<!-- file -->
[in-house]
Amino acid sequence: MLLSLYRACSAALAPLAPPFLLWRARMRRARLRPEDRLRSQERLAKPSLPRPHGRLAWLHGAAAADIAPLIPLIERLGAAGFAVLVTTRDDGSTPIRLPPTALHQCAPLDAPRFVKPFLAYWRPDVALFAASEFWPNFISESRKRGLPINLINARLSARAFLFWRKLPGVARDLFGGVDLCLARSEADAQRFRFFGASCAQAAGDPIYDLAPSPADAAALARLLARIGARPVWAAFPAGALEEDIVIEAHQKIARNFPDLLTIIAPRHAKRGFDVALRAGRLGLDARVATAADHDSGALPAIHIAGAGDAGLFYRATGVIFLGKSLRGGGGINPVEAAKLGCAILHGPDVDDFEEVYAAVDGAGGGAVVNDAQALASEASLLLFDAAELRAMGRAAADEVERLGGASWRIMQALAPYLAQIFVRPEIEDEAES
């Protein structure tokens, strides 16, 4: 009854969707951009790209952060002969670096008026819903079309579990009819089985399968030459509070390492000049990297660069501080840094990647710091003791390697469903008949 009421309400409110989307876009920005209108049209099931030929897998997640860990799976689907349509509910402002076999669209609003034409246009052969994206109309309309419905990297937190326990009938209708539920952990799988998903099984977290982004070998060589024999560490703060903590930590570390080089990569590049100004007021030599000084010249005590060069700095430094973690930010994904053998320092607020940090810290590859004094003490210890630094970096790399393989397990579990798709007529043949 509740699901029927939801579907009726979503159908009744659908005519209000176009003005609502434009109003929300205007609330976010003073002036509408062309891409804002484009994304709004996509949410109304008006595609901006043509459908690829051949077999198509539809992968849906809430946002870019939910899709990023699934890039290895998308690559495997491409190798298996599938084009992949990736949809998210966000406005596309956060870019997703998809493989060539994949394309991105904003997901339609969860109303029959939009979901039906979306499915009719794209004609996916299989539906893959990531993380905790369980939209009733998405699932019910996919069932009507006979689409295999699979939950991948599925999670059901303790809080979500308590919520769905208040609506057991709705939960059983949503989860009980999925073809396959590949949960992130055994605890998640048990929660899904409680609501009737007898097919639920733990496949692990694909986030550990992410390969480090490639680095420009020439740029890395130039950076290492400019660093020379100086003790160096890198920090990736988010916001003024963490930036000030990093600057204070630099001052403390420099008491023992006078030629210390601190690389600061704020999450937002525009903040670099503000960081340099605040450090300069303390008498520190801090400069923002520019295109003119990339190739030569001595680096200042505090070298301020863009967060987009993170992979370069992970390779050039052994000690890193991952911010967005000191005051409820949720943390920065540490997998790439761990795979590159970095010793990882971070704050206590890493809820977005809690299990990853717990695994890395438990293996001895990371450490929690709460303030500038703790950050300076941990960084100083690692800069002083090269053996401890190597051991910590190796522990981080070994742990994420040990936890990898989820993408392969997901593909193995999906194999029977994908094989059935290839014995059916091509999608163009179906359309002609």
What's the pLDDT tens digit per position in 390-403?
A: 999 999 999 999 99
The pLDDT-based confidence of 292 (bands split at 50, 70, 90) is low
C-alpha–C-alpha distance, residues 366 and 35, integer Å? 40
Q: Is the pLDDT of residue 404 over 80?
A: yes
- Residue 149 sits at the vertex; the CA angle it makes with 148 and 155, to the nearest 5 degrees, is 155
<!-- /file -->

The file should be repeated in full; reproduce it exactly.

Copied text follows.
[in-house]
Amino acid sequence: MLLSLYRACSAALAPLAPPFLLWRARMRRARLRPEDRLRSQERLAKPSLPRPHGRLAWLHGAAAADIAPLIPLIERLGAAGFAVLVTTRDDGSTPIRLPPTALHQCAPLDAPRFVKPFLAYWRPDVALFAASEFWPNFISESRKRGLPINLINARLSARAFLFWRKLPGVARDLFGGVDLCLARSEADAQRFRFFGASCAQAAGDPIYDLAPSPADAAALARLLARIGARPVWAAFPAGALEEDIVIEAHQKIARNFPDLLTIIAPRHAKRGFDVALRAGRLGLDARVATAADHDSGALPAIHIAGAGDAGLFYRATGVIFLGKSLRGGGGINPVEAAKLGCAILHGPDVDDFEEVYAAVDGAGGGAVVNDAQALASEASLLLFDAAELRAMGRAAADEVERLGGASWRIMQALAPYLAQIFVRPEIEDEAES
């Protein structure tokens, strides 16, 4: 009854969707951009790209952060002969670096008026819903079309579990009819089985399968030459509070390492000049990297660069501080840094990647710091003791390697469903008949 009421309400409110989307876009920005209108049209099931030929897998997640860990799976689907349509509910402002076999669209609003034409246009052969994206109309309309419905990297937190326990009938209708539920952990799988998903099984977290982004070998060589024999560490703060903590930590570390080089990569590049100004007021030599000084010249005590060069700095430094973690930010994904053998320092607020940090810290590859004094003490210890630094970096790399393989397990579990798709007529043949 509740699901029927939801579907009726979503159908009744659908005519209000176009003005609502434009109003929300205007609330976010003073002036509408062309891409804002484009994304709004996509949410109304008006595609901006043509459908690829051949077999198509539809992968849906809430946002870019939910899709990023699934890039290895998308690559495997491409190798298996599938084009992949990736949809998210966000406005596309956060870019997703998809493989060539994949394309991105904003997901339609969860109303029959939009979901039906979306499915009719794209004609996916299989539906893959990531993380905790369980939209009733998405699932019910996919069932009507006979689409295999699979939950991948599925999670059901303790809080979500308590919520769905208040609506057991709705939960059983949503989860009980999925073809396959590949949960992130055994605890998640048990929660899904409680609501009737007898097919639920733990496949692990694909986030550990992410390969480090490639680095420009020439740029890395130039950076290492400019660093020379100086003790160096890198920090990736988010916001003024963490930036000030990093600057204070630099001052403390420099008491023992006078030629210390601190690389600061704020999450937002525009903040670099503000960081340099605040450090300069303390008498520190801090400069923002520019295109003119990339190739030569001595680096200042505090070298301020863009967060987009993170992979370069992970390779050039052994000690890193991952911010967005000191005051409820949720943390920065540490997998790439761990795979590159970095010793990882971070704050206590890493809820977005809690299990990853717990695994890395438990293996001895990371450490929690709460303030500038703790950050300076941990960084100083690692800069002083090269053996401890190597051991910590190796522990981080070994742990994420040990936890990898989820993408392969997901593909193995999906194999029977994908094989059935290839014995059916091509999608163009179906359309002609």
What's the pLDDT tens digit per position in 390-403?
A: 999 999 999 999 99
The pLDDT-based confidence of 292 (bands split at 50, 70, 90) is low
C-alpha–C-alpha distance, residues 366 and 35, integer Å? 40
Q: Is the pLDDT of residue 404 over 80?
A: yes
- Residue 149 sits at the vertex; the CA angle it makes with 148 and 155, to the nearest 5 degrees, is 155